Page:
Poodles have a curly coat that never stops growing, setting them apart from most other breeds of dogs. While they shed very little and can make good companions for people with allergies, the poodle’s coat also presents some unique challenges when it comes to grooming. They typically need to be groomed at least once every two months to prevent them from becoming matted and developing skin problems. Although grooming a poodle can be a challenge, especially if you’ve never done it before, there are ways to make it easier on both you and your dog, while still getting the results you want.
Puppies frightened by clippers may develop an aversion to them and be hard to groom; it’s best to introduce them slowly. Touch your poodle with the clippers while they are off, then turn them on and allow your dog to see and smell the clippers while getting used to the noise. Extra time spent while poodles are young can prevent trauma and make clipping easier for the rest of their lives. It is also important that you never use dull blades to clip poodles, since these will pull their hair and scrape their skin. This hurts and causes clipper burn, characterized by raw spots that turn into open sores when your dog scratches them. Sharp blades will keep your dog comfortable, prevent clipper burn and cut the hair much more efficiently than dull blades.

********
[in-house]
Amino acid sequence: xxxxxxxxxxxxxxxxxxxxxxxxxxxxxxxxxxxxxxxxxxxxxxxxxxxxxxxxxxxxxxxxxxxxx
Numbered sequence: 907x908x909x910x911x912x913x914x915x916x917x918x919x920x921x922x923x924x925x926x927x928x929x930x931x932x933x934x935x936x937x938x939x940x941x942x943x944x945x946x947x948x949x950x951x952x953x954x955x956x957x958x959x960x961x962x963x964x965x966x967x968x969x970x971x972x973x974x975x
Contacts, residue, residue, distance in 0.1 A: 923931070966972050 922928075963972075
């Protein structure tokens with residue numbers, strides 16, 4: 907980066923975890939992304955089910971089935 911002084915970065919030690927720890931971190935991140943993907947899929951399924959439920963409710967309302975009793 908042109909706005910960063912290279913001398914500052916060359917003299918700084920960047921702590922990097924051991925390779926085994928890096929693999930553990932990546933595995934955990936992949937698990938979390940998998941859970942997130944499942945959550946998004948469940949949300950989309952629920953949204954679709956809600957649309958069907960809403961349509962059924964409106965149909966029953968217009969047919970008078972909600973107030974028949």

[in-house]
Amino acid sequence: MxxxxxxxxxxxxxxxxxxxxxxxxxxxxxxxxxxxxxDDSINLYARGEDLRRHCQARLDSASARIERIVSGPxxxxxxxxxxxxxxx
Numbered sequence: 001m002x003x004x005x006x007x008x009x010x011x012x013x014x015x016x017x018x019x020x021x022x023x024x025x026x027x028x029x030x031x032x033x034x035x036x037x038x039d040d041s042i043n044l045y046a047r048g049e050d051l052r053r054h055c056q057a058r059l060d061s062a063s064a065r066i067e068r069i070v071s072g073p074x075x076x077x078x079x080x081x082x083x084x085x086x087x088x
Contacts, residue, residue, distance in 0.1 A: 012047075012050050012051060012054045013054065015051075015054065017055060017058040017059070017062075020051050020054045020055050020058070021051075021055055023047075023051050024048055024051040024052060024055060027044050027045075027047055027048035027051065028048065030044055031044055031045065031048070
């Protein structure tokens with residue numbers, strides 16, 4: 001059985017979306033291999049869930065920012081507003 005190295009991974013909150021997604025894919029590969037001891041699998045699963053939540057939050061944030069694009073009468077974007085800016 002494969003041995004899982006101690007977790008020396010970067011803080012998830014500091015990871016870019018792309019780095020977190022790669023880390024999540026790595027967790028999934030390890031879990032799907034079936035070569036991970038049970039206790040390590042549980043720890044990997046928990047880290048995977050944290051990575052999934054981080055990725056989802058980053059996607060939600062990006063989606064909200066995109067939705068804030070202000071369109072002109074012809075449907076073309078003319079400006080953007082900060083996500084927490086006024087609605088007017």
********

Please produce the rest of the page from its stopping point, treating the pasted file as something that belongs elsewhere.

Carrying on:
Very fine hairs grow way down inside poodles’ ears, and the hair must be pulled out so that it won’t hold moisture and dirt in. Removing the hair inside the ears helps to promote airflow and minimizes ear problems. This is important since a dirty or moist ear canal can lead to serious ear infections. It is best to ask a professional groomer or the technician at your veterinary clinic to perform this grooming task as it can be painful and cause inflammation and irritation for the dog if it is not done correctly.
Even if you brush poodles every two to three days, mats can sneak in and cause problems. Cutting them out or pulling on them with a brush or rake can cause pain to your dog and will certainly break the coat, possibly even leaving a bare patch. To coax the mats out without damaging the coat, part the hair as far down as possible and spray the mat with coat conditioner. Once the mat is dampened with the conditioner, use a flat metal comb held perpendicular against the dog’s skin and pick the mat apart with the teeth. If you are patient with this process it won’t hurt your dog or your dog’s coat. There are specially made mat removal tools for this purpose.
Poodles get that fluffy, full look to their coats from being properly dried. While you can simply use a drier to dry them or even let them outside on a warm day, blow drying is the only way to get the classic look that poodles are famous for. First, get them as dry as possible by rubbing them well with towels before you even start the drier. This will save you lots of time and tedious brushing, yet still give your dog the look you want. Run the drier on high and direct a stream of air at the dog, moving it across the body so that all of the hair gets separated and dried. Once the basic drying is done, but while the coat is still slightly damp, go back over each section and blow the hair while you use a slicker brush to brush it against the airflow, straightening the hair out and making your poodle’s coat stand out from the dog’s body.
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